Microsoft discontinued Windows sidebar gadgets because they posed a serious security risk it couldn't patch without disabling the gadgets altogether. By exploiting the security vulnerabilities, attackers could gain access to private files and cause harm to the computer by messing up system files. These vulnerabilities affected multiple Windows versions, ranging from Windows Vista Service Pack 2 to Windows 7 Service Pack 1, including both 32- and 64-bit versions.
When users ran a gadget in Windows Sidebar, attackers exploited the security hole and ran arbitrary code as if they were users themselves. This was particularly problematic because attackers could gain administrative privileges if the original users logged in as administrators beforehand. After breaching the security, attackers created malicious gadgets, tricked users into installing them, and ran code that took full control over the system.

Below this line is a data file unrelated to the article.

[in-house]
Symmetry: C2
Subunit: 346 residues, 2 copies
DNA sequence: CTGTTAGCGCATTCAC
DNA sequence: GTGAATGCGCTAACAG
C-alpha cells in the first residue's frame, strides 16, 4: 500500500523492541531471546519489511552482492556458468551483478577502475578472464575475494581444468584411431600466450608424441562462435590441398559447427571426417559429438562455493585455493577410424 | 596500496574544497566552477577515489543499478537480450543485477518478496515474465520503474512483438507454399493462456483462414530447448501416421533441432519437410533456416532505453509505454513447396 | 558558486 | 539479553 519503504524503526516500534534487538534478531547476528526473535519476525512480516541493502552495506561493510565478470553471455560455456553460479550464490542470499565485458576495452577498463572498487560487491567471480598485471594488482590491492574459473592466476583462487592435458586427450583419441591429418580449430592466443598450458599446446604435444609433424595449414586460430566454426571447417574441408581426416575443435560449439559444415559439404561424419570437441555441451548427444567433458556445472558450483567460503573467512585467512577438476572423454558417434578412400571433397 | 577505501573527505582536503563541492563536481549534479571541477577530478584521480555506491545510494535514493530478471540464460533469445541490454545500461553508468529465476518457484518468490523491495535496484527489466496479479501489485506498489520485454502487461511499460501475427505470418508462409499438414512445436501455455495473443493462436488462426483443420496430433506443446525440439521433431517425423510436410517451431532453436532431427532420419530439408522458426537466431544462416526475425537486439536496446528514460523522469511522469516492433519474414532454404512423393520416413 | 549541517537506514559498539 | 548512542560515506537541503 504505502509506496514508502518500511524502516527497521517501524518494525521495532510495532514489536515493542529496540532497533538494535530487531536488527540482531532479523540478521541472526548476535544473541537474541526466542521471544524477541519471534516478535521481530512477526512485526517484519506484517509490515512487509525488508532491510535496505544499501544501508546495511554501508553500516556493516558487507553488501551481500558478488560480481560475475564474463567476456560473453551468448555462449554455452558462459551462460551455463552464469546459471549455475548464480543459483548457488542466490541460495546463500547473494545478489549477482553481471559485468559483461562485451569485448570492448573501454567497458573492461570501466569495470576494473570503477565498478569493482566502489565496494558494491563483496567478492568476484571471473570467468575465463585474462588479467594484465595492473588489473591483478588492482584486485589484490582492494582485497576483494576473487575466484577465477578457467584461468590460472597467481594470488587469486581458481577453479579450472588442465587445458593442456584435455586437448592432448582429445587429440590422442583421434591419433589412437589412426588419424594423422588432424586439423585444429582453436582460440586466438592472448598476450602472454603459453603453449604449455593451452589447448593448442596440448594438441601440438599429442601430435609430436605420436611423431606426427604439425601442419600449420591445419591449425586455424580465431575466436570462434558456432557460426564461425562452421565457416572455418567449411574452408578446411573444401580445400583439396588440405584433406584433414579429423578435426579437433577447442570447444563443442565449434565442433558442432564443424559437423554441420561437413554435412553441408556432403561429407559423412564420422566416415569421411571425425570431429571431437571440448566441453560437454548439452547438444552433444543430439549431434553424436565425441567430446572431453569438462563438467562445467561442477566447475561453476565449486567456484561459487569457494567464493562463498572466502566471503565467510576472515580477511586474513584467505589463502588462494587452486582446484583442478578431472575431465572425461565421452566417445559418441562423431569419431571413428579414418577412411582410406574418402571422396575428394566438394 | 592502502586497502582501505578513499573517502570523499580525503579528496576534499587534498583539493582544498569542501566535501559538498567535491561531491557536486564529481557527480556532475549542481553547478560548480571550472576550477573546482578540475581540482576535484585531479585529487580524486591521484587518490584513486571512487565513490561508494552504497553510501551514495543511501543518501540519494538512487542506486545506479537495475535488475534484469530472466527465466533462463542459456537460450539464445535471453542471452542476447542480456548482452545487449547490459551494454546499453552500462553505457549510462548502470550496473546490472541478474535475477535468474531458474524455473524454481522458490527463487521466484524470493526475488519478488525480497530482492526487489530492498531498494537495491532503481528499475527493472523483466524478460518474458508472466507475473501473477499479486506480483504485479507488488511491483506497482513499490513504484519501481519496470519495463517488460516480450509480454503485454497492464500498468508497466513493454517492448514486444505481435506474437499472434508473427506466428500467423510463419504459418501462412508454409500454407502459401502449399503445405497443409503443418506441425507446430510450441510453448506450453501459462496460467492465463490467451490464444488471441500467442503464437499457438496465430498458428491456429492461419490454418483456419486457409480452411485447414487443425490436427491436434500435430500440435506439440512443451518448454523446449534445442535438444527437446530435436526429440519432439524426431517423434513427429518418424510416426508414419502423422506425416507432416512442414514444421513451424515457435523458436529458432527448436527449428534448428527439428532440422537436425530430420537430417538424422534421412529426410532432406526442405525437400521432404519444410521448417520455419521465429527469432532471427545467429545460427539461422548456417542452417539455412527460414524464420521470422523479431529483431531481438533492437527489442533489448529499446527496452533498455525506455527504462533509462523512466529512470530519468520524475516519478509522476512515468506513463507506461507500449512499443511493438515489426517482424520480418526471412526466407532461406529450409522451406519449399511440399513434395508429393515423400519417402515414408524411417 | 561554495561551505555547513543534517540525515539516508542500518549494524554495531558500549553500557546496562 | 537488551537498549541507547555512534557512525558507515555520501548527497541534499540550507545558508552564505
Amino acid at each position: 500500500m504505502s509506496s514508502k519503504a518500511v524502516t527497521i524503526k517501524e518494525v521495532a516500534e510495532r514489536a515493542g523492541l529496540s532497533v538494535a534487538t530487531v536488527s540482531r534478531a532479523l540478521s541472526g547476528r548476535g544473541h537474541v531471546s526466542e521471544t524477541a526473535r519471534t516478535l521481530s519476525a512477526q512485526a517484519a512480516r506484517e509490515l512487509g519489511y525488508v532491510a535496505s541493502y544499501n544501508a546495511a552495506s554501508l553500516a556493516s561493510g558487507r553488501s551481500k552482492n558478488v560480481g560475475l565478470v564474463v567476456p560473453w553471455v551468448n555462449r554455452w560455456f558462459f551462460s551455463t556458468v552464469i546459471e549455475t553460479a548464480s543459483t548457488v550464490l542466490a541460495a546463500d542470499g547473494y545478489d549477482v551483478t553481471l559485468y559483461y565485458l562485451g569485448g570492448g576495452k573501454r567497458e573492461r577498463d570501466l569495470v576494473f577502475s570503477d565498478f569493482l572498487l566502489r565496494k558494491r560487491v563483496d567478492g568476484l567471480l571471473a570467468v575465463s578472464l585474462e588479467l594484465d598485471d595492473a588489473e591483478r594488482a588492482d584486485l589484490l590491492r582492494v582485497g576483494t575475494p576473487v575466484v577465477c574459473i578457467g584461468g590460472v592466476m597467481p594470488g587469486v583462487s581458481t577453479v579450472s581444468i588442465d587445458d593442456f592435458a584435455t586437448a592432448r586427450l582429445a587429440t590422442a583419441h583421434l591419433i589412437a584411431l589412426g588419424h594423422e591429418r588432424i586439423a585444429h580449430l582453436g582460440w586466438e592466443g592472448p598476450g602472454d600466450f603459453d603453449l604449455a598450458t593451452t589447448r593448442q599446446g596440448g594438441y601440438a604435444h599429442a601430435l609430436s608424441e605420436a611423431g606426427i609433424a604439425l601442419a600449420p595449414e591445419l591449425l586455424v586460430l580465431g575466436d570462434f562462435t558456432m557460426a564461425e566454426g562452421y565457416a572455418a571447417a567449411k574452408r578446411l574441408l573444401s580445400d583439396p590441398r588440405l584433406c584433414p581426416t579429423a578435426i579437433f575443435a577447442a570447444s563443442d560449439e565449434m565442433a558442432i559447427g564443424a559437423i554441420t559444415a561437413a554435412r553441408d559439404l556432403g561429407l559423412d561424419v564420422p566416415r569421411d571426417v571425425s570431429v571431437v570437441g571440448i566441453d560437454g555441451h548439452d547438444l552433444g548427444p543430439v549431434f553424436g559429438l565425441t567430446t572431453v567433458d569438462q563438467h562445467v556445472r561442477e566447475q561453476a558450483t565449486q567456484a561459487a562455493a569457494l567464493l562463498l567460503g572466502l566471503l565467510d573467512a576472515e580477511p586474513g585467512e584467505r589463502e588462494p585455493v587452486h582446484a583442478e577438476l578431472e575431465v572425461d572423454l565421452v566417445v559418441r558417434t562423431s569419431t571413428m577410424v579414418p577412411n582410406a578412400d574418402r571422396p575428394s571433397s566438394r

To deal with this problem, Microsoft released an automated solution, which users can download from the Support section on Microsoft.com. Microsoft also allows users to apply workaround solutions by modifying the Windows Sidebar settings via the Local Group Policy Editor window or by modifying the registry to disable the Windows Sidebar by force. Starting with Windows 8, Microsoft replaced the sidebar gadgets with apps, promising improved functionality and better security, as well as app versions of popular gadgets.